Negotiating the statutory maze governing employment status

Negotiating the statutory maze governing employment status

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We must find some clear routes through the statutory maze governing employment status.

The key components of a tax system are law enacted by a democratic parliament; collection and enforcement by an independent tax authority; and adjudication of disputes by an independent judiciary.

Complexity can show up in every element of this virtuous triumvirate. The tax policy and enabling legislation may be unclear, or not suited to the broad structure of the existing tax system. The tax authority might have complicated administrative processes, or a lack of straightforward guidance to help taxpayers and their advisers (and indeed the tax authority’s own officers). A further sign of complexity in the tax system is an over-abundance of tax cases in a specific area. Tax cases mean that either the law itself, or the application of the law to a wide range of potential facts, is not clear.

The impact of complexity is likely to be felt in increased costs, uncertainty and a lack of understanding of how tax affects a business or family transaction or activity. Litigation places a great burden on taxpayers, as it is expensive and very time-consuming – and the result often takes a decade or so to become final.

The problem of definition

The area where we see most tax cases concerns whether someone is providing services as a quasi-employee or as a self-employed person. We can all see that the state of the law is unsatisfactory, as so many people, including well-known individuals, find that their status is challenged by HMRC. Of course, the key reason why so many cases arise is because self-employed individuals have a much lower tax burden than employees. Typically, the biggest difference is national insurance, where employers pay directly 15.05% and the employee’s rate is 3% higher than for a self-employed person.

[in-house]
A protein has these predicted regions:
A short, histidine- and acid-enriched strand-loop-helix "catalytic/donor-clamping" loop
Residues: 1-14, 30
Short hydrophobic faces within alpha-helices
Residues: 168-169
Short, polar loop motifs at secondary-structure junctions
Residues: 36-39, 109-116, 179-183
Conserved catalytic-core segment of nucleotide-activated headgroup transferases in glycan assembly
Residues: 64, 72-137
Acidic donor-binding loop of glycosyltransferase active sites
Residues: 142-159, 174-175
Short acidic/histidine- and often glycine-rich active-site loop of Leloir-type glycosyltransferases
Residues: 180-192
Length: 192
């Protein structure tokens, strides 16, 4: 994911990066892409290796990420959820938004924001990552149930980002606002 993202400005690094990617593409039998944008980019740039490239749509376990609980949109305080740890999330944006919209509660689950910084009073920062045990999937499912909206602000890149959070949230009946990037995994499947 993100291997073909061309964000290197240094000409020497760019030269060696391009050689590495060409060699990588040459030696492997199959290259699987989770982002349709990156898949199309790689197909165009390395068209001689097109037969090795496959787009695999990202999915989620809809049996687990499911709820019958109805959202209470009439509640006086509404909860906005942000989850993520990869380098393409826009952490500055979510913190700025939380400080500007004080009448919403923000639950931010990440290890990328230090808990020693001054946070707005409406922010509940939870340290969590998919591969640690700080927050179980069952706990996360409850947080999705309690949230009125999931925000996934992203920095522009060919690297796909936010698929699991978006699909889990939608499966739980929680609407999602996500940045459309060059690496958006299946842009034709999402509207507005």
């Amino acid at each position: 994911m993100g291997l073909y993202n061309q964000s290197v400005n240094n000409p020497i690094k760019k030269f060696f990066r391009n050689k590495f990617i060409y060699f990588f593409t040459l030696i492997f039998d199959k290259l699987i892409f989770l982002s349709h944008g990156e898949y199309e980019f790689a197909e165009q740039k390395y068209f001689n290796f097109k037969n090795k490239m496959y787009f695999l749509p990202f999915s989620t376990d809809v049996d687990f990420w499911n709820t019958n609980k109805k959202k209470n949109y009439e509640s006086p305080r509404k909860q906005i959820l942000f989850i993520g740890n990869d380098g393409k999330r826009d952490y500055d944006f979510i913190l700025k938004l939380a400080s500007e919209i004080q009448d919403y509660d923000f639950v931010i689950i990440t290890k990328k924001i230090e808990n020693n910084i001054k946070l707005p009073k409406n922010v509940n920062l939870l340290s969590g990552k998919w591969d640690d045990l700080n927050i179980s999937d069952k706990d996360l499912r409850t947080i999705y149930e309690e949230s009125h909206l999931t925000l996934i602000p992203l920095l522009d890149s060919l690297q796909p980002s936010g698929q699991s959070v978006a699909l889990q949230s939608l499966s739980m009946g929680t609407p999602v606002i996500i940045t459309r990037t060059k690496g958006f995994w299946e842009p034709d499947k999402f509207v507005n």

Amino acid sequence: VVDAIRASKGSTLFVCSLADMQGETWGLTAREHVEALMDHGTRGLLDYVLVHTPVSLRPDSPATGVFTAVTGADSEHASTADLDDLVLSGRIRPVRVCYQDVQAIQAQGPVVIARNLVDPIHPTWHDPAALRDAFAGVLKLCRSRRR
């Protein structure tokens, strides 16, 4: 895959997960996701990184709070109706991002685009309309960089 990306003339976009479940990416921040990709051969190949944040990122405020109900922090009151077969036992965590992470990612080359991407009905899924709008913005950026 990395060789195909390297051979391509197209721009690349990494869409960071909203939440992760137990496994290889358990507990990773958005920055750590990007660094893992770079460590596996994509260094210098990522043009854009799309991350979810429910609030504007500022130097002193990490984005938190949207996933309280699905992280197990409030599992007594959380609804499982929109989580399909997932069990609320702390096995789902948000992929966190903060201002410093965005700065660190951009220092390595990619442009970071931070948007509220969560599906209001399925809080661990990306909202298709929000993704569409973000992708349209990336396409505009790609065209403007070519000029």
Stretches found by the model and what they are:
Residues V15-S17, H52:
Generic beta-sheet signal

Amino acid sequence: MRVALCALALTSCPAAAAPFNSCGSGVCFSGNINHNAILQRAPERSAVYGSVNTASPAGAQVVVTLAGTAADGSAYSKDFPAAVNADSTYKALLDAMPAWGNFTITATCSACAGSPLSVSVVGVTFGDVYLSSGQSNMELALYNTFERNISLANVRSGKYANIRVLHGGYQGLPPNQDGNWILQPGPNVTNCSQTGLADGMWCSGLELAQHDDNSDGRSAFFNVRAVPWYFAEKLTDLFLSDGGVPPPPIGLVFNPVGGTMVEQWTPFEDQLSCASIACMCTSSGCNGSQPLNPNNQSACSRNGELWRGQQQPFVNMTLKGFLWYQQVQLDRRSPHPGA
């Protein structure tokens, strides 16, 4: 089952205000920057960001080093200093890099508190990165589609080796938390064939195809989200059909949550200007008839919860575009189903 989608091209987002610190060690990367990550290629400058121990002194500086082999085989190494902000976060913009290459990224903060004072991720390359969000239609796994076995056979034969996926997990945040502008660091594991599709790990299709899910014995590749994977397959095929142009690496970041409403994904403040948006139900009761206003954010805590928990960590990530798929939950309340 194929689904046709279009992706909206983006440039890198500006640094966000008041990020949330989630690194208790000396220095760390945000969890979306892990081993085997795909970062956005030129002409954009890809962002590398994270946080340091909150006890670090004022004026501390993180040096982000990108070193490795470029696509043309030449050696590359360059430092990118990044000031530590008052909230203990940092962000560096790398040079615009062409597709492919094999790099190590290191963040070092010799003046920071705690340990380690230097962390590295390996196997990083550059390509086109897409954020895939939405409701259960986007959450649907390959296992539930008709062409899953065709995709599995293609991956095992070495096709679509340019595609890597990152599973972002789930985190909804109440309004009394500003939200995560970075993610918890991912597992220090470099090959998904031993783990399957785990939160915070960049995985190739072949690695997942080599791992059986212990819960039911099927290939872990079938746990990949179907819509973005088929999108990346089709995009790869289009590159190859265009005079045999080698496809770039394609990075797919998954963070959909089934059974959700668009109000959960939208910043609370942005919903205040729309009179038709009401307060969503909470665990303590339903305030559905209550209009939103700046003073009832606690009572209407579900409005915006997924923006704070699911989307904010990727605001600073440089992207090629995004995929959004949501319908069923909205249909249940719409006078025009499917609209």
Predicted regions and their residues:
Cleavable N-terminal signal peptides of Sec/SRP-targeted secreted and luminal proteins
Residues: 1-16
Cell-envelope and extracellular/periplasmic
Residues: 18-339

The debates in this area revolve around principles originally set out in 1967 by Mr Justice MacKenna in the Ready Mixed Concrete case, which interestingly involved the change of status of an employee to a self-employed person – rather as we see in more modern cases. The concrete company sold the individual the truck he drove under hire purchase and paid him a rate per job, with a minimum overall income. The Ministry of Pensions argued that he was an employee but the judge disagreed, holding that the individual was ‘a “small business man” and not a servant’. The tests used look at the right of substitution, control and mutuality of obligations.

These rules are unclear. HMRC has put forward some help in the form of the Check Employment Status for Tax tool (CEST). The Department acknowledges that the tool cannot provide clear answers in a minority of cases (see bit.ly/3EwNm4k), and usage data shows that the status cannot be determined in about 20% of cases.

Potential solutions

How might this area be taken forward? There are two issues: the legal question of whether someone is an employee for tax purposes; and the economic issue of the overall tax and national insurance costs.

Surely the answer to the legal question is to develop a new statutory test of employment? The precedent is the statutory test of residence, where new principles were developed to define residence. The key point of the statutory test is that it did not attempt to codify principles drawn from tax cases. Rather, it asked what should be the key factors determining residence. The resulting test is complicated to apply in some cases, but it has the significant benefit of providing a clear answer. Could we not adopt the same approach and develop a new test for employment – at least for tax purposes?

There are two other important areas aligned to this issue. How should status for employment law be determined? Given that there are three status levels for employment law, but only two for tax and national insurance law, how should we deal with overlap? Litigation clearly gives rise to unintended consequences in this area, where cases involve individuals seeking additional employment law rights beyond those originally part of the initial contract between the engager and the individual. Getting it wrong means large backdated claims.

The biggest issue of all, though, is the economic difference between engaging an employee and engaging a self-employed person. Unless this is tackled, there will continue to be pressure on the boundary. Perhaps there are two possible routes: adding an engager levy, where an engager benefits from the services of a self-employed person; or substantially increasing the national insurance payable by the self-employed. The engager levy has the merit of applying to freelancer type of arrangements and – like employer national insurance – appears to be payable by the engager. It has the challenge of finding an acceptable and workable definition. Both routes involve significant economic changes which would not be easy to implement. However, as Ready Mixed Concrete shows, the issue has been with us for a very long time and is only like to grow in importance with new ways of working.

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